Sunday, May 28, 2017

First Martin Nest Change

We did our first nest change of the season today. The chicks in gourd #1 are between 16 and 18 days old. This is on the tail end of the window before they are to close to fledgling to disturb. We found a few mites on the chicks. Their real problem is night time mosquitoes which we can see in the night cam ... not seem much we can do about that.








Monday, May 15, 2017

Four Purple Martins Hatch

In the first gourd, four of the five eggs hatched. Two of them early last Wednesday, the other two late on Thursday. The older two have the beginnings of darkening on the spine and rump from feather growth. They are now mobile enough to squirm a bit out of the nest cavity.


The fifth egg did not hatch and the female has not been trying to incubate it anymore. I removed it yesterday evening during the nest check. The pipping marks thought I saw in the video turned out to be dirt. There is no evidence of an attempt to hatch. It is shown below in comparison with a House Sparrow egg removed from gourd #7 (lower level to right of #1) along with the adults.



May 13 - Chicks progressing, oldest chick is a little over 9 days old.


May 23 - Oldest is now 13 days.


Saturday, May 13, 2017

Red-Shouldered Feeding Time

The Red-Shouldered chicks across the street are nearly 3 weeks old, about half way through their nesting. They are hobbling around the nest and try to peer out. Occasionally, we see their big yellow feet. They don't actually walk on them yet. Here they are sharing some small furry mammal. Adult shreds pieces off and offers them to different chicks in turn. The pieces are much bigger than last week.








In the heat of the afternoon, the chicks sat with their mouths open and tongues out to keep cool. At one point, an adult flew in and landed where it would offer them shade - a different spot from where they feed the chicks.



Wednesday, May 10, 2017

Chicks in First Gourd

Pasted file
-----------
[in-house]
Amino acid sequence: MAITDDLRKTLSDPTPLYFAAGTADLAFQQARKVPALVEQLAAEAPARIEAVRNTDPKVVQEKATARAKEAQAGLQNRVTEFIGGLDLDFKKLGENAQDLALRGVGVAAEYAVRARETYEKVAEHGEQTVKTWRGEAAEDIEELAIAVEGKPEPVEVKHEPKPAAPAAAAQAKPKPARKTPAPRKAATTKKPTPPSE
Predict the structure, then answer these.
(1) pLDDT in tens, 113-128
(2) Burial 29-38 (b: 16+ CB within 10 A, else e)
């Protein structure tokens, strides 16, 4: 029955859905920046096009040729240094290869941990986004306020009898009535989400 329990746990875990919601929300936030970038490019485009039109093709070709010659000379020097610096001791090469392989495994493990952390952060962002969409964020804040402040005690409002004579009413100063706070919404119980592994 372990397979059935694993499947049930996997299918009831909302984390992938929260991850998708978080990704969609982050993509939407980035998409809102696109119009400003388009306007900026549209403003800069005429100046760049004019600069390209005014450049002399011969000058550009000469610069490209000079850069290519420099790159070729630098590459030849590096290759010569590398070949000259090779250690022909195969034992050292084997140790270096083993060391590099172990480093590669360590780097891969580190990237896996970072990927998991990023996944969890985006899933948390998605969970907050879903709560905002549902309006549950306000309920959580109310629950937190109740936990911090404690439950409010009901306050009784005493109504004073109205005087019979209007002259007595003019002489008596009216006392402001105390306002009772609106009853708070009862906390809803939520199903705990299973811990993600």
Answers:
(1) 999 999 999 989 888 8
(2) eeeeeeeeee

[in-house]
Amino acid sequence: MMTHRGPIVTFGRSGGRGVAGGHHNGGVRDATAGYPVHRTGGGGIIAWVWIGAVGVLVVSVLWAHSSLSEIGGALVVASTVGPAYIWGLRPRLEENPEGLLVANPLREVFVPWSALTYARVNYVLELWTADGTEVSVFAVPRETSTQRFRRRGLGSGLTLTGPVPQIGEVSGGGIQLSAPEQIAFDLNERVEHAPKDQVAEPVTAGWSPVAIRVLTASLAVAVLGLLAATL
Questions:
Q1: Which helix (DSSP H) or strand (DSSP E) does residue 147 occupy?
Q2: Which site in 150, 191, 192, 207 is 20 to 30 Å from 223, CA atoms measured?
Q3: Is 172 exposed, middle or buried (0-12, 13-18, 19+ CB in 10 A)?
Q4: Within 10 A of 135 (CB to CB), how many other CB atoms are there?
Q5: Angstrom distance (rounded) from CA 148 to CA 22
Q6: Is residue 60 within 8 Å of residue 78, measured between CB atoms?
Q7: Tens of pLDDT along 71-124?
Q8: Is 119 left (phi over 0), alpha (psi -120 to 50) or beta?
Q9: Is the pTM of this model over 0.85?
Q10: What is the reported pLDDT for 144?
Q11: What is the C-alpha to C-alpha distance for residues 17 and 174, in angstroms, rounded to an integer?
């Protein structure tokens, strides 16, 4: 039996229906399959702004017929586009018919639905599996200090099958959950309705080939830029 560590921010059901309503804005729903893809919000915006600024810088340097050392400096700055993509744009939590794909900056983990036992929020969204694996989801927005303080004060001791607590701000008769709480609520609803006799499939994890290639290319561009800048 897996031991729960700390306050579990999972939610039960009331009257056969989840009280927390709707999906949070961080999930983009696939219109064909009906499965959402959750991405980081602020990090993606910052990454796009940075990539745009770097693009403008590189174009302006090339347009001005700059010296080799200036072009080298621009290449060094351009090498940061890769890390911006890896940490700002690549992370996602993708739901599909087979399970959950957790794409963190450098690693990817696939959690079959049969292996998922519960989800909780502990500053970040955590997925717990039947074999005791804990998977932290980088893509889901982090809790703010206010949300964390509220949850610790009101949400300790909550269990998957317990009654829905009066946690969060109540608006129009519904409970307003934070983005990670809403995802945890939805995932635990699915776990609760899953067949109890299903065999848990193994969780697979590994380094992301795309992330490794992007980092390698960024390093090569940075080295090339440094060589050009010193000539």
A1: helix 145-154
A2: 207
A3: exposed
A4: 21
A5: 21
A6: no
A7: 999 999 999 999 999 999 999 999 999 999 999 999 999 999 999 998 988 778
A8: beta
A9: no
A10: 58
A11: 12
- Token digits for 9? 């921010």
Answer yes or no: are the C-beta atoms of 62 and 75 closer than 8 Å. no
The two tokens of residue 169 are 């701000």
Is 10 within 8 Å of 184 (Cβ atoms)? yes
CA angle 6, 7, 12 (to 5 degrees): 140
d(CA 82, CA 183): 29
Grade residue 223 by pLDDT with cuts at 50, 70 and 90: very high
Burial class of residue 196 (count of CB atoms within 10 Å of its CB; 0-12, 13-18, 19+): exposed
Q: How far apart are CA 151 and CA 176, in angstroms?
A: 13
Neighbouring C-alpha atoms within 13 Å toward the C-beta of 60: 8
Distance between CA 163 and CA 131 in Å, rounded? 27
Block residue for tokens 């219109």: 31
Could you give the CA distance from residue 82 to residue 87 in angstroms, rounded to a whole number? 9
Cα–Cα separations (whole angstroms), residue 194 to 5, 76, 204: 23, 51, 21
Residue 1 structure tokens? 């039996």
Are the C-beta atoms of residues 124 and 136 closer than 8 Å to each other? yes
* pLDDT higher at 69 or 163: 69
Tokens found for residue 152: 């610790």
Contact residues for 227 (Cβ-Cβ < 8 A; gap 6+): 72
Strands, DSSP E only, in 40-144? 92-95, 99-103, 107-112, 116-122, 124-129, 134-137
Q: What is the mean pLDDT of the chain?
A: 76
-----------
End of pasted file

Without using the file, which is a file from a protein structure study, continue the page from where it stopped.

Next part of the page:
May 10 - Sometime before 06:00, the first Purple Martin chick hatched in gourd #1. Feeding attempts began around 07:00 with many parent switch-outs happening this morning. Second chick hatched around 10:15.




This is during the evening nest check, parents do a good job of hiding the chicks under leaves. Still only two at this point.


Update May 13 - Two more hatched late on May 11. The final egg looks pipped as if the chicked had made an attempt to get out but failed. I will give it another day or two before removing the failed egg.

Sunday, May 7, 2017

Hawk Chicks Visible

The Red-Shouldered Hawk nest near our house appears to have at least three chicks. They are just starting to be visible at feeding time. These must have hatch a few days apart as there is quite a size span among them.





After the parent flew off, the largest chick started to get feisty and crawl up out of the nest bowl.



Saturday, May 6, 2017

Second Martin Female Murdered

Well, learn from experience, the slight enlargement to the SREH gourd entrance to let the male Martin get in easier was a very bad idea. Last Sunday, just after we left on vacation a European Starling claimed the gourd in which the second Martin pair were nesting. I watch in horror on the remote video playback as, when the female Martin came back in for the night, the Starling followed it in and spent the next hour brutally pecking it to death. After the Starling left, the male Martin came back and tried to stir life back into its mate to no avail. I have had a hard time watching this video sequence.